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Business and the Energy Transition
Crucial Conditions for Change
Focussing on the role of business in the energy transition, this point of view breaks down the importance and necessity of innovation in the business world.
Anne Huibrechtse - 16 April 2018
Climate change is one of the most significant challenges the world is currently facing – one that requires urgent action by everyone. Sustainability is now gaining recognition in nearly every aspect of life, fuelled by increasing awareness and societal and governmental demand for action. Previous Deloitte research also finds that sustainability is one of the top three risks for corporate leadership.
A recurring, central concept in this discussion is the energy transition. Public and private parties are now deeply involved in achieving such an energy transition, aimed at decarbonising the energy sector and moving existing logistics and governance structures away from fossil fuels.
Business participation in this process is not only welcome, but also necessary. The energy transition is more than a shift from fossil fuels to renewable energy sources. It is about changing systems of production, ownership and value creation. It will require a systemic shift towards a new economy, based on collaboration, cultural changes as well as evolving revenue and financial models, regulation and innovative technology. But how do we get there and what role can your organization play?
Global energy consumption has risen steadily over the years and is expected to keep doing so. If it keeps increasing at its current pace, global natural resources will eventually be insufficient to support and sustain the growth in wealth and population. To make things worse, energy demand is fundamentally linked to greenhouse gas emissions which drive climate change – a problem that can no longer be ignored by governments, the business world or society.
Due to growing awareness of climate change and sustainability, many businesses have begun exploring ways of including sustainability in their business strategies, some more successfully than others. Transitioning from fossil fuels to renewable energies could seriously help to mitigate problems associated with climate change.
The principles of the circular economy (see the paragraph ‘Building Blocks’ in this point of view) can facilitate systemic change towards an energy transition. The linear ‘take, make, dispose’ production model will no longer suffice. Therefore, significant action is needed to make the economy circular and increase energy and resource efficiency.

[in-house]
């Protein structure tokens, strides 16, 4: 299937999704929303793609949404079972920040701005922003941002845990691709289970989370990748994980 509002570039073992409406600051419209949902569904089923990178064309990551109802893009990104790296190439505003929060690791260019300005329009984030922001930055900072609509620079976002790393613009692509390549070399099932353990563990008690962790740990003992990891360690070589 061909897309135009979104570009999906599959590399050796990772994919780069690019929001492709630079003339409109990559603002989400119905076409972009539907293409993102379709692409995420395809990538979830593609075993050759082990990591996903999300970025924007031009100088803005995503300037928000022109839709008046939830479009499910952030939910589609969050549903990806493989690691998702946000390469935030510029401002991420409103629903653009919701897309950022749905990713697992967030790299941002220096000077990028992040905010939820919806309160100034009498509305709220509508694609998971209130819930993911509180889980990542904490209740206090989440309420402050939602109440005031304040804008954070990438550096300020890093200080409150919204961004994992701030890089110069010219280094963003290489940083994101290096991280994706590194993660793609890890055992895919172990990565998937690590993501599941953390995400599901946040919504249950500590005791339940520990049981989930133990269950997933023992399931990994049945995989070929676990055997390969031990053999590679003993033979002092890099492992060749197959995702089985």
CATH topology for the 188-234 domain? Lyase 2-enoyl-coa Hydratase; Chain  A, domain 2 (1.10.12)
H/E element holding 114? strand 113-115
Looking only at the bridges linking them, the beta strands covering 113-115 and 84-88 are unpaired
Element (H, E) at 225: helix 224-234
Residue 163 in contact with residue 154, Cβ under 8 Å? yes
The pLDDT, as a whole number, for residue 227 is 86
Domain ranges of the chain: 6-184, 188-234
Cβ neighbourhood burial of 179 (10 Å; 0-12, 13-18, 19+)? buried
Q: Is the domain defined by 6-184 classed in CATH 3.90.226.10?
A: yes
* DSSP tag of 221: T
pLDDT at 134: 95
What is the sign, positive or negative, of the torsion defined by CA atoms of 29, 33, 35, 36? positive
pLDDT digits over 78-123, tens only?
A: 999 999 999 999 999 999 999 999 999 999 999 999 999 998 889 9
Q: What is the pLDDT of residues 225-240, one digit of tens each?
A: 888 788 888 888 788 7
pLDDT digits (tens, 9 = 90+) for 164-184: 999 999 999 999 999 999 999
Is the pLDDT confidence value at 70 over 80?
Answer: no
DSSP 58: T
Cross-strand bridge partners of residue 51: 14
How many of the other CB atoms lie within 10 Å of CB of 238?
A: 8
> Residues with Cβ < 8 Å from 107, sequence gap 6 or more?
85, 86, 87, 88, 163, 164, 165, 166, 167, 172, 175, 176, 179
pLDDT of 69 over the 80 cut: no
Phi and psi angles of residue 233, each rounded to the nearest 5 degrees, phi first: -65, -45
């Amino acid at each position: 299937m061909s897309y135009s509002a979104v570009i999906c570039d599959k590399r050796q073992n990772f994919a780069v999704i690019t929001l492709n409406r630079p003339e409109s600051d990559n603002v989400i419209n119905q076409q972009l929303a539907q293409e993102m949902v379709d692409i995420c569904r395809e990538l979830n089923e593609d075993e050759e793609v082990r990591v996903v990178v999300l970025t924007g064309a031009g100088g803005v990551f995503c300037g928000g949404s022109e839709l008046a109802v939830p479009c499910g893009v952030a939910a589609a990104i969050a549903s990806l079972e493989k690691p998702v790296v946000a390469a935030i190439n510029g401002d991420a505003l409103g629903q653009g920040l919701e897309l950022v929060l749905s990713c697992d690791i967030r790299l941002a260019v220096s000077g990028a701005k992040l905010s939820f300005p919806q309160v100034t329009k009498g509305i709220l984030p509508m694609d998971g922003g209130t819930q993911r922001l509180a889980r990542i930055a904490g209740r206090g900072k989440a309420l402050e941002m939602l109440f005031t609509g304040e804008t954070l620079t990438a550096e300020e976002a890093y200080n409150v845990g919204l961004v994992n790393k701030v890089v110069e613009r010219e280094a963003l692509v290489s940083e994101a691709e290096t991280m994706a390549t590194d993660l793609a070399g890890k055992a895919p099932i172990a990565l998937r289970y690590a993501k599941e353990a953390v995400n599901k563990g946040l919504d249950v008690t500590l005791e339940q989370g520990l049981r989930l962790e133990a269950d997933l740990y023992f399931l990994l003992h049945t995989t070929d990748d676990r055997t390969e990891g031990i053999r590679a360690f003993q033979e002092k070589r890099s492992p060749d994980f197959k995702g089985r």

A New Approach
The energy transition requires technological, social and financial changes; for example, the use of smart technologies or new forms of collaborating in which local communities are as vital as global interaction. It will also require new approaches to regulation and funding that encourage investing in organizations that are currently underfunded. Such underfunding is usually the result of miscommunications between investors and investees regarding risks, rewards and businesses cases (i.e. regulation and financing are not designed for shared ownership). Various aspects of the necessary innovations are discussed below.
1. Technological Innovation
Discussions of the energy transition often focus on new technologies. We know by now that most of the necessary technologies already exist. However, putting them into practice is now the primary challenge.
One example is the repurposing of old infrastructure in the North Sea. Abandoned maritime oil and gas platforms there are now being used to convert wind energy into hydrogen. This initiative aligns well with the notion of a circular economy, while also serving as a financially sound and relatively straightforward means of supporting the energy transition. The new application is a prime example of technological innovation, even though it uses existing infrastructure.
2. Social Innovation
The largest step is a new mindset. Research shows that the greatest barrier to overcome is cultural, not technological. It takes time and effort to change current patterns and adapt to the idea of renewable resources. Even when renewable energies have been proven cost-effective and technologically feasible, it is hard for many to say goodbye to familiar energy sources and switch to new ones – usually due to resistance to change on the organisational level. Also, the track record for switching from a nationwide electricity supply system to a local hybrid infrastructure is still too insubstantial to convince municipalities and other communities to fully commit to change.
Startups and multinationals, private and public actors, all have their role in the play we call system change. For example, the shift from an integral grid to more local energy hubs where demand and supply are matched can be facilitated by new technologies from startups working in partnership with a multinational plant and a local utility provider.